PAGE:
However, diacetyl production from all these engineered strains was low. Attempts to combine both LDH and ALDB inactivation in order to maximize the rerouting towards α-AL and diacetyl have so far been unsuccessful. Studies by Lopez de Felipe et al. (11) demonstrated that overproduction of the Streptococcus mutans NADH oxidase (NOX) in L. lactis resulted in a phenotype similar to that of the LDH-deficient strain described by Platteeuw et al. (12). In aerated cultures of L. lactis, more than 80% of the fermented sugar (glucose) was converted into acetoin.

In this paper, we describe the combination of NOX overproduction with ALDB inactivation in L. lactis. Under aerobic conditions, the engineered strain can convert glucose into diacetyl far more efficiently than any recombinant strain described to date.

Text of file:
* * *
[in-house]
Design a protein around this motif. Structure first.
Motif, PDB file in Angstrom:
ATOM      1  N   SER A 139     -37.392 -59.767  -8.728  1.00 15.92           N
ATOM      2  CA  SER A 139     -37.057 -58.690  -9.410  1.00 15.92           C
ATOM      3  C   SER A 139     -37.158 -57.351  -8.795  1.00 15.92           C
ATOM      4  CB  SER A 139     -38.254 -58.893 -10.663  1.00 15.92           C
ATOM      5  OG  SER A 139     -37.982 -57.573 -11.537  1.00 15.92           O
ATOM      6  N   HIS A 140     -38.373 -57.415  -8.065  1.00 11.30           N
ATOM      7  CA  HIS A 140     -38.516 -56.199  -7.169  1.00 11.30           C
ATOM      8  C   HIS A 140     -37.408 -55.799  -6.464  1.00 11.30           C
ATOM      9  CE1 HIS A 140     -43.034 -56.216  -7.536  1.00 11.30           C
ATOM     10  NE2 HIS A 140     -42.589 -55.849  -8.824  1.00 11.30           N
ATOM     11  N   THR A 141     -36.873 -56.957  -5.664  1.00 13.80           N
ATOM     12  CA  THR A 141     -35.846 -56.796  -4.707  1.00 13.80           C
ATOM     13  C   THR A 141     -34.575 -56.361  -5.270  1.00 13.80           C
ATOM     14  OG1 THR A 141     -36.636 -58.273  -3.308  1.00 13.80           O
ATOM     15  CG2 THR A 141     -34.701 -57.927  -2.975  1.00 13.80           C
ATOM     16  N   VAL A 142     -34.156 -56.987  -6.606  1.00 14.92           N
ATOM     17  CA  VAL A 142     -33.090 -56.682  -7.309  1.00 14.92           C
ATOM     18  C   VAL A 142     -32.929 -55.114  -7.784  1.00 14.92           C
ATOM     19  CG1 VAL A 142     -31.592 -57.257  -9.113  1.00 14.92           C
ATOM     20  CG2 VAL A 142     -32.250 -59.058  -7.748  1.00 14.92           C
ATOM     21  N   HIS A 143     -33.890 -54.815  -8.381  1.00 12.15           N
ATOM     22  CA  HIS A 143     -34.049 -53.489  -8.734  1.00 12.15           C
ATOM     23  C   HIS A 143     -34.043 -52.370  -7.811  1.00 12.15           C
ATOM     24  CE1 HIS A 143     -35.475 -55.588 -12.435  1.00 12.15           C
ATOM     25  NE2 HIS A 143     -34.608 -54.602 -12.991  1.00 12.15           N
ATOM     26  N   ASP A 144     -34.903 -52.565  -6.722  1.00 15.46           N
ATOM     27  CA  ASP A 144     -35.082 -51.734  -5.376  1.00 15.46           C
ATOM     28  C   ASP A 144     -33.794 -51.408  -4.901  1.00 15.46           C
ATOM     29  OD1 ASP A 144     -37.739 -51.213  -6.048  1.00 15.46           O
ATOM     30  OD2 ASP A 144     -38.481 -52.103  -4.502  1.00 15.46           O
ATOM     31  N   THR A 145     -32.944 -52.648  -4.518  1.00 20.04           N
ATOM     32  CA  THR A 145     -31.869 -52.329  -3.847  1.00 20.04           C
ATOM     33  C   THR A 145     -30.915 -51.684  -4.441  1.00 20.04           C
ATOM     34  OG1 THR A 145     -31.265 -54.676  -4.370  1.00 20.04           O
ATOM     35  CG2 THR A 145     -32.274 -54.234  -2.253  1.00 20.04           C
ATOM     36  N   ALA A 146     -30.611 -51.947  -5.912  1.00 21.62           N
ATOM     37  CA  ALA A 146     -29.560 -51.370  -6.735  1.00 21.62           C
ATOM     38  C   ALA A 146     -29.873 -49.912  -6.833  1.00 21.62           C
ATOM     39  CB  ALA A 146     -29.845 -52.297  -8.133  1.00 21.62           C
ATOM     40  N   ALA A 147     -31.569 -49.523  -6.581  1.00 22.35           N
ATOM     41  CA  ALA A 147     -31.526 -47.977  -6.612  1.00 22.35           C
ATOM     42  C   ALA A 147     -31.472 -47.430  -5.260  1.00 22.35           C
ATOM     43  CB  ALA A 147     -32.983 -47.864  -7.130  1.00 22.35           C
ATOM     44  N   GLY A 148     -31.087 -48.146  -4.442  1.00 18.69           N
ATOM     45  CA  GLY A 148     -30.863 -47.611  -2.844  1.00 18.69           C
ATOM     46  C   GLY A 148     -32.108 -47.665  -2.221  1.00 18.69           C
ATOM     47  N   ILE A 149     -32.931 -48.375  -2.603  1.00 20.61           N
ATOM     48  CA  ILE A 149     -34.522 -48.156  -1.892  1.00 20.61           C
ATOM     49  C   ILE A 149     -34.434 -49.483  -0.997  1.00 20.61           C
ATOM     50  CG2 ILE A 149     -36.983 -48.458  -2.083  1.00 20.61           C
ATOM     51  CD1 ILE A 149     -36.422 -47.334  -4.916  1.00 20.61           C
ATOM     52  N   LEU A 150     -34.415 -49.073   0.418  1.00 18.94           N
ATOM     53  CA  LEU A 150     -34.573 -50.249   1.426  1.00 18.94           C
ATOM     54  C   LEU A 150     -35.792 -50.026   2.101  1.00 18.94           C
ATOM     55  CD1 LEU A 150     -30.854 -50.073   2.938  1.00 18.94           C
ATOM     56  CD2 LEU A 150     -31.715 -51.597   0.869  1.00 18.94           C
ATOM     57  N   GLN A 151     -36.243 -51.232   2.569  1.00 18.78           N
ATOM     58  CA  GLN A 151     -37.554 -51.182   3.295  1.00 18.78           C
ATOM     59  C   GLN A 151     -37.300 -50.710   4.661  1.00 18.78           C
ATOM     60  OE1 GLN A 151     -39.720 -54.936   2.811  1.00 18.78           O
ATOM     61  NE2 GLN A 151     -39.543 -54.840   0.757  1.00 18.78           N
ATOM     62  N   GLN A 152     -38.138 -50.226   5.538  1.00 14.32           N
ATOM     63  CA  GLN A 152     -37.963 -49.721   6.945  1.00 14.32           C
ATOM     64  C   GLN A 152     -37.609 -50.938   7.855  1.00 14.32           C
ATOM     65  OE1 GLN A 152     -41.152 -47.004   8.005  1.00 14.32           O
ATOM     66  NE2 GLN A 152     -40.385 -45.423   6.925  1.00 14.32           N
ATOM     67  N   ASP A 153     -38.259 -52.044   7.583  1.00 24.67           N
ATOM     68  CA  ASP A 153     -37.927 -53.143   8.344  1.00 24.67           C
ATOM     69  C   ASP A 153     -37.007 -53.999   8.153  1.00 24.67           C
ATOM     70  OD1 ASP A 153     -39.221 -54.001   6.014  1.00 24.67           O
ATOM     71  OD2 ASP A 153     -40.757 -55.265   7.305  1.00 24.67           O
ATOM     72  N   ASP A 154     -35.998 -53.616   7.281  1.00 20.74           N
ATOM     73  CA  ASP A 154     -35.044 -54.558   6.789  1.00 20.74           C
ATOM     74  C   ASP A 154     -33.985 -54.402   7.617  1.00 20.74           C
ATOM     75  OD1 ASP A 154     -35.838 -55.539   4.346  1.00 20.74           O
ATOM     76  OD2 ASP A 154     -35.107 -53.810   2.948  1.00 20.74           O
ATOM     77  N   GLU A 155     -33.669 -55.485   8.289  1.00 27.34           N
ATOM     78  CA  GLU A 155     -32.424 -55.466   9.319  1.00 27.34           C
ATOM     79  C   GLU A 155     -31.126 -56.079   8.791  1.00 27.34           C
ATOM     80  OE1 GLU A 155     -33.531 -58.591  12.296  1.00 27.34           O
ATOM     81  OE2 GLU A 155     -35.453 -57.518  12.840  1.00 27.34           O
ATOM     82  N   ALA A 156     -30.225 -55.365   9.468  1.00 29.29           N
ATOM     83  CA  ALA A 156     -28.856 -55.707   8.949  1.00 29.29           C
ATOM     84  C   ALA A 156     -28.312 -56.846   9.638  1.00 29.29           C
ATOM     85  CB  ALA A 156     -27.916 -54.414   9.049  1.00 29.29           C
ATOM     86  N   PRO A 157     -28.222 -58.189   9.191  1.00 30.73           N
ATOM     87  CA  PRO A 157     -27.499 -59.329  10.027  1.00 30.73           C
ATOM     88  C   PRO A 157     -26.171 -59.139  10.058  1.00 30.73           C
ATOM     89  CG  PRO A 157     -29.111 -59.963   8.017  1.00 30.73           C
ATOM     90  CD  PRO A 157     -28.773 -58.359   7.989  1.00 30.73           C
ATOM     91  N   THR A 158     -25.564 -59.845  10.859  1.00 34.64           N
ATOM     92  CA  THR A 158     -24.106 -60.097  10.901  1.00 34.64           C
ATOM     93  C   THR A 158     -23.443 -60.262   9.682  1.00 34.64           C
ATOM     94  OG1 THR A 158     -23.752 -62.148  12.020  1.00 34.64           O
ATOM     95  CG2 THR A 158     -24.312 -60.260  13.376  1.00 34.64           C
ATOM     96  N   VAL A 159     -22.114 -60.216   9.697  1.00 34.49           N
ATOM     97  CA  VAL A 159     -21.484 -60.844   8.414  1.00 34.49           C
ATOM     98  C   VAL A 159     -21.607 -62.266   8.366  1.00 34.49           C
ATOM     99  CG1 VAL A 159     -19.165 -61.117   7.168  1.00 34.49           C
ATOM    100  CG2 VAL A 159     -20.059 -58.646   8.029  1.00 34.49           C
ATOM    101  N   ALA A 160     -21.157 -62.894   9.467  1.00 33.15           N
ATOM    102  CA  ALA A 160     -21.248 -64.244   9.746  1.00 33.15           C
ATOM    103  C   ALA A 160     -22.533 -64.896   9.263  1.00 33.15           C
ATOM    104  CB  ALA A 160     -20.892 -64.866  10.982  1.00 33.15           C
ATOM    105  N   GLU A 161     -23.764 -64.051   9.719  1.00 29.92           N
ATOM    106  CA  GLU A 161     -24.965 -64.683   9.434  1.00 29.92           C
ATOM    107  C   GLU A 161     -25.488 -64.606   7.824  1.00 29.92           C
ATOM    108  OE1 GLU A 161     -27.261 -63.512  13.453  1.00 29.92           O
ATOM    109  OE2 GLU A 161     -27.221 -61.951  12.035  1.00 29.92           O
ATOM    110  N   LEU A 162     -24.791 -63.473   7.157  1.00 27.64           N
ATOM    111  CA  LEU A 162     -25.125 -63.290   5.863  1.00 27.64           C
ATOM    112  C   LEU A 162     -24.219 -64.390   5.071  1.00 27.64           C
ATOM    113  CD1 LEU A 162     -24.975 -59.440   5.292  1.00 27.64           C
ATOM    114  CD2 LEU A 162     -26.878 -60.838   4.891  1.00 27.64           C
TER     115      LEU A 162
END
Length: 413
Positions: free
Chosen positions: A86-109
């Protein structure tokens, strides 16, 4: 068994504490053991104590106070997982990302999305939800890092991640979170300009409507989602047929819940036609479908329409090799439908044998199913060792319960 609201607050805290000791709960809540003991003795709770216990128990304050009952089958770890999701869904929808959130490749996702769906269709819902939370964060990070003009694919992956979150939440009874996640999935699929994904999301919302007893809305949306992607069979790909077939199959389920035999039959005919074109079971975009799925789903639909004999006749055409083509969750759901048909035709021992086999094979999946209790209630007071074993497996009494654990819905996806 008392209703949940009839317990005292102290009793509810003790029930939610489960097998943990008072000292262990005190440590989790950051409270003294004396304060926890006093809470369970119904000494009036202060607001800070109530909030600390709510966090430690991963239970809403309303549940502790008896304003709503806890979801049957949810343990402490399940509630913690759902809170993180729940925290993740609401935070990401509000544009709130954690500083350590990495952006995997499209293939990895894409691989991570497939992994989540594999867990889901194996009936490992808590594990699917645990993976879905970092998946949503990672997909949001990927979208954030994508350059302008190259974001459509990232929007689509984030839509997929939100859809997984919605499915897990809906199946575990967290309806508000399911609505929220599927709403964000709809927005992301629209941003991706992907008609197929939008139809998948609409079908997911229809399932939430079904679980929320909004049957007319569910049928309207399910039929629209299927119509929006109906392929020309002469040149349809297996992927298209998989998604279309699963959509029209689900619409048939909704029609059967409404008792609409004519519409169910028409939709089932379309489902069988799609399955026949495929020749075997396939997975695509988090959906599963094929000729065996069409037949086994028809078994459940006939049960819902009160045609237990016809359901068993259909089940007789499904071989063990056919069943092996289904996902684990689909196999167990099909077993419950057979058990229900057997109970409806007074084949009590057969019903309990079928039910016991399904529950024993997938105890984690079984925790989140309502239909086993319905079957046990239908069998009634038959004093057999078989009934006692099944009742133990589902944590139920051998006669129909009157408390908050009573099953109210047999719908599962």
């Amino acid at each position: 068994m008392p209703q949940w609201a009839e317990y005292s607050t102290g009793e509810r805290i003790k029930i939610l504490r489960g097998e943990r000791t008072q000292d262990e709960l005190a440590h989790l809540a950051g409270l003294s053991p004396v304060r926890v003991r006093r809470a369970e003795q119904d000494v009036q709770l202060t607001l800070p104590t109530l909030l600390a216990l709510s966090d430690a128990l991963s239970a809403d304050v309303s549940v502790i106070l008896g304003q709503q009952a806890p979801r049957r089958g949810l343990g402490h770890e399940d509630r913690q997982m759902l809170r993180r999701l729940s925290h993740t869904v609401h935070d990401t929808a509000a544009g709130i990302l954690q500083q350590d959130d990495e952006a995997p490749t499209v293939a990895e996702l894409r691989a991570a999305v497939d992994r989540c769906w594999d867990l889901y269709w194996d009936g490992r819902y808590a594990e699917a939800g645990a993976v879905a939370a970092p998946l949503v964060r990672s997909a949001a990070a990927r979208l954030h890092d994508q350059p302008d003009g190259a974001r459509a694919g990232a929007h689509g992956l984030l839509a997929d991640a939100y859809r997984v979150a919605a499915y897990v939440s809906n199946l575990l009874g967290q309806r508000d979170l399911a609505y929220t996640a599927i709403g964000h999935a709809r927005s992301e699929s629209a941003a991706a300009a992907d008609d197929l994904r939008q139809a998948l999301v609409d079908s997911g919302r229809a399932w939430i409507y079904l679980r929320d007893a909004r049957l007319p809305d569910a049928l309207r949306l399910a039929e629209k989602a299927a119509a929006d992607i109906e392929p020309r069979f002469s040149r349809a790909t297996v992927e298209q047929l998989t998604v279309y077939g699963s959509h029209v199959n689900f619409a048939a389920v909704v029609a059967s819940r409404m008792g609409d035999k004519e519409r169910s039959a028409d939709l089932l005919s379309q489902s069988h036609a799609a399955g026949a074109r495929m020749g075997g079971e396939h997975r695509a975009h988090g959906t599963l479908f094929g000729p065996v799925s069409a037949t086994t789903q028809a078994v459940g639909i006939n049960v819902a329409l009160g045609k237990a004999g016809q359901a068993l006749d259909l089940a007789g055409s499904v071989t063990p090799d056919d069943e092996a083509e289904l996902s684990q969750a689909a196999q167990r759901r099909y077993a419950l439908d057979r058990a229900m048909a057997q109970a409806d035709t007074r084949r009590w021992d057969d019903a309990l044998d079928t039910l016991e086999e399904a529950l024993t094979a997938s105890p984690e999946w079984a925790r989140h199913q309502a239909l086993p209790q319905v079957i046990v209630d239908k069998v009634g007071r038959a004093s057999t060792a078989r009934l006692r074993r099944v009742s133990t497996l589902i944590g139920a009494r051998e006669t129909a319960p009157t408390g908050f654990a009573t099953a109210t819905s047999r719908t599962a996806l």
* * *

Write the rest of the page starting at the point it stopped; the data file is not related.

NOX overproduction in an ALDB-deficient strain.

NOX overproduction in the presence of oxygen results in a large reduction of the intracellular pool of NADH (O2 + NADH → H2O + NAD+). Consequently, the pyruvate pool is rerouted through NADH-independent pathways (ALS, ALDB, phosphotransacetylase, and acetate kinase) and through the NAD+-dependent pyruvate dehydrogenase complex (Fig. (Fig.1),1), resulting in a mixture of acetoin and acetate. ALDB deficiency in this context, combined with a large reduction of the NADH-dependent diacetyl reductase activity (Fig. (Fig.1),1), should lead to prevention of acetoin formation, resulting in the production of large amounts of α-AL and diacetyl.

To facilitate nox overexpression using the nisin-controlled expression system (10) in an ALDB-deficient lactococcal background, the nisRK genes, necessary for nisin regulation, were integrated at the pepN locus of strain FI8076 (an aldB deletion derivative of MG1363 [15]), as described by de Ruyter et al. (5). The resulting strain, NZ9050, was transformed with plasmid pNZ2600, which contains the nox gene from S. mutans cloned under the control of the regulated nisA promoter (12).